On the surface of Lough Leane alone, more than 30 islands and islets can be explored. But the UNESCO biosphere reserve is also impressive on land. Mighty ancient oaks form the oldest oak forest in Ireland. Other parts are characterized by lush yews, mosses, lichens and ferns. Due to the Gulf Stream influence, which characterizes the southwest of the country, numerous flowering plants, which are otherwise more likely to be found in the Mediterranean region, also thrive in Killarney National Park.

The scenic diversity can be actively explored on various hiking and biking trails. A popular destination for hikers are the Torc Waterfalls. The centerpiece of the park, however, was man-made: The vine-covered Muckross House mansion. The distinguished family estate on the shores of Muckross Lake can be visited, as can the surrounding flower garden and a rock garden.

20. Boyne Valley

Boyne Valley
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Together, Newgrange & Knowth in the Boyne Valley make one of the most imposing finds in Ireland’s Ancient East. Newgrange, often called the Jewel of Ireland’s East, is a passage tomb 85 meters in diameter, built 5200 years ago in the Stone Age – making the monument older than the pyramids and Stonehenge.

Surrounding the mound are 97 rim stones, some decorated with “megalithic art”. However, to call the site just a passage tomb does not do justice to the significance of this place according to today’s knowledge – archaeologists rather call it an ancient temple with spiritual, religious, astrological and ceremonial significance. The orientation of the temple and the precision of its construction are equally spectacular – the “roof box” allows winter solstice sunlight to shine into the passage tomb, dramatically illuminating the entire chamber.

Access to the passage tomb is through the Bru na Boinne Visitor Center, where you can also learn more about this stunning monument right away. In addition to Newgrange, the Boyne Valley is also home to the Knowth and Dowth monuments, as well as another 35 smaller mounds. Knowth, at 5000 years old, is only slightly younger than Newgrange and, in addition to the large passage tomb, has another 18 small mounds and an impressive 127 rimstones, many ornately decorated – a third of the total finds in Western Europe.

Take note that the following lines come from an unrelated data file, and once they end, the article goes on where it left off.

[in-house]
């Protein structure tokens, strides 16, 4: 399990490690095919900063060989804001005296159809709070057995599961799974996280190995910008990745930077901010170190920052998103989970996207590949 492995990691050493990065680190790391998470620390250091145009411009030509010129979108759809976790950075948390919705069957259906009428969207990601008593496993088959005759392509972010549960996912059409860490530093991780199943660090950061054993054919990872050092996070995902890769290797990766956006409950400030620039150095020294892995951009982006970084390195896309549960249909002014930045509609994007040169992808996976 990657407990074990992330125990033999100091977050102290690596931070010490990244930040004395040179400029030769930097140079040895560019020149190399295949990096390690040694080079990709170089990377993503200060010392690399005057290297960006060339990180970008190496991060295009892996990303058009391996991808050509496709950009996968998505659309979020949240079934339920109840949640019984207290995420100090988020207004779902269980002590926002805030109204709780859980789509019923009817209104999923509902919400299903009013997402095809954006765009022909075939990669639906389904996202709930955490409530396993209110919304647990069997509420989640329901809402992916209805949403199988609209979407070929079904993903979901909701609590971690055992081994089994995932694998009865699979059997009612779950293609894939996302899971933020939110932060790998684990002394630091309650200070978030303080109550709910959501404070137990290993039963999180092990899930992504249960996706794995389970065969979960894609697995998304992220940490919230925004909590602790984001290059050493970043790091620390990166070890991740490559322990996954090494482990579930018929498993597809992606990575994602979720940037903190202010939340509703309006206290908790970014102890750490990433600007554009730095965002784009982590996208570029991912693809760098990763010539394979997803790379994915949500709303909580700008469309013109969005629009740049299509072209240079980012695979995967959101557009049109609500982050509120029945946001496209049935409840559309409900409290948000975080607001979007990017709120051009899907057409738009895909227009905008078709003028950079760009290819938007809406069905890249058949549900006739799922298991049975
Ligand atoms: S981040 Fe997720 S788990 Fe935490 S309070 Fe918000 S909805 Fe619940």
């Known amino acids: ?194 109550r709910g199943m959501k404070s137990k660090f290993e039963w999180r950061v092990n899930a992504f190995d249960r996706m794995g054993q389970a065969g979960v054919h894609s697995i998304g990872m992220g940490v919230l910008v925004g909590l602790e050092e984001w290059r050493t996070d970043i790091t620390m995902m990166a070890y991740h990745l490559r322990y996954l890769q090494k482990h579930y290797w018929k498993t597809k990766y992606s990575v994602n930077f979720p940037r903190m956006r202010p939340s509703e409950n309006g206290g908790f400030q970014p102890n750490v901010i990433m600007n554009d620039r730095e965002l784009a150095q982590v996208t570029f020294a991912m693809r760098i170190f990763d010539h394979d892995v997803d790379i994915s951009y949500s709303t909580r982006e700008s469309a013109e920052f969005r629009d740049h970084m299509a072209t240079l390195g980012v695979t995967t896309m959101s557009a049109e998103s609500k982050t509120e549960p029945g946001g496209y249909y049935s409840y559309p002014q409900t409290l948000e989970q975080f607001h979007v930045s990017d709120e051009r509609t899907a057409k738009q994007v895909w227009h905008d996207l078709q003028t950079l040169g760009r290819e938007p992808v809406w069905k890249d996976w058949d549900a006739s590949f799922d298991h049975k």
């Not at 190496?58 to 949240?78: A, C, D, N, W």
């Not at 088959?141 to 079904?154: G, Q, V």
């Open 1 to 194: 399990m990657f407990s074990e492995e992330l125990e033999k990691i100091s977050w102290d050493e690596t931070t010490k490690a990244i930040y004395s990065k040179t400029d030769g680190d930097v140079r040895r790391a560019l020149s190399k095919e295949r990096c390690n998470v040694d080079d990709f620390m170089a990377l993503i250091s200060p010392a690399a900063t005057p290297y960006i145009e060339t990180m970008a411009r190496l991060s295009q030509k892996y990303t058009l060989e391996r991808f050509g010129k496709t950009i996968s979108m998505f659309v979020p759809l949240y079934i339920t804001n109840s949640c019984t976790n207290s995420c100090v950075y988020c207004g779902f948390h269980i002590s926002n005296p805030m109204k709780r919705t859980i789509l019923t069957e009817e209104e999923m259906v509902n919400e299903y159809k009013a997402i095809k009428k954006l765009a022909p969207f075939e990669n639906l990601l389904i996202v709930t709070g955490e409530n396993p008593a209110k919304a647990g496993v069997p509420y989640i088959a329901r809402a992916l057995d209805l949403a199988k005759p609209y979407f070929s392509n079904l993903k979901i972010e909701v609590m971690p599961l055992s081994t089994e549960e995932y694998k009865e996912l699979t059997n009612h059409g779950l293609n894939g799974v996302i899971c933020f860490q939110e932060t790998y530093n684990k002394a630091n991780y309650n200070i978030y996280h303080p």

19. Doolin

Tourists between the colored houses of the Doolin village
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The sounds of traditional Irish music waft through Doolin almost every evening. The small fishing village is known throughout Ireland for its close connection to music. And so you too can get to know this important part of Irish culture better every day in one of the three pubs. The three brothers Micko, Packie and Gussie Russel, who invited musicians from all over Ireland to their tranquil village as early as the 1960s, are primarily responsible for this. The music mecca of Doolin is definitely worth a stop on your tour of the Emerald Isle.

Along the Cliffs of Moher, you can enjoy wonderful walks and hikes with breathtaking views of the Atlantic Ocean. And nature leaves nothing to be desired: between May and June, with a little luck, you will spot the pretty puffins or whole schools of dolphins. The popular Aran Islands can be reached by ferry from Doolin and are well worth a day trip.

18. The Rock of Cashel

The Rock of Cashel, Ireland
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In the south of Ireland, in the heart of the small town of Cashel, the Rock of Cashel is enthroned on a hill. The silhouette of the impressive ruin is the centerpiece of the community of 2,800 people, whose nickname “Irish Acropolis” is no coincidence. The Rock of Cashel is a true architectural work of art, lined with battlements, pointed gables and towers. At this point, one can only guess that the rock rising from the flat natural landscape of County Tipperary was once a seat of aristocrats. Today, the Rock of Cashel has become one of the most popular tourist magnets from all over the country.

17. Dublin

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The culture of the hometown of Joyce, Beckett, O’Casey and Shaw and U2 is characterized above all by a lively literary and music scene, which in the countless pubs and clubs of Dublin always likes to emphasize the connection between creativity and the enjoyment of beer and whiskey.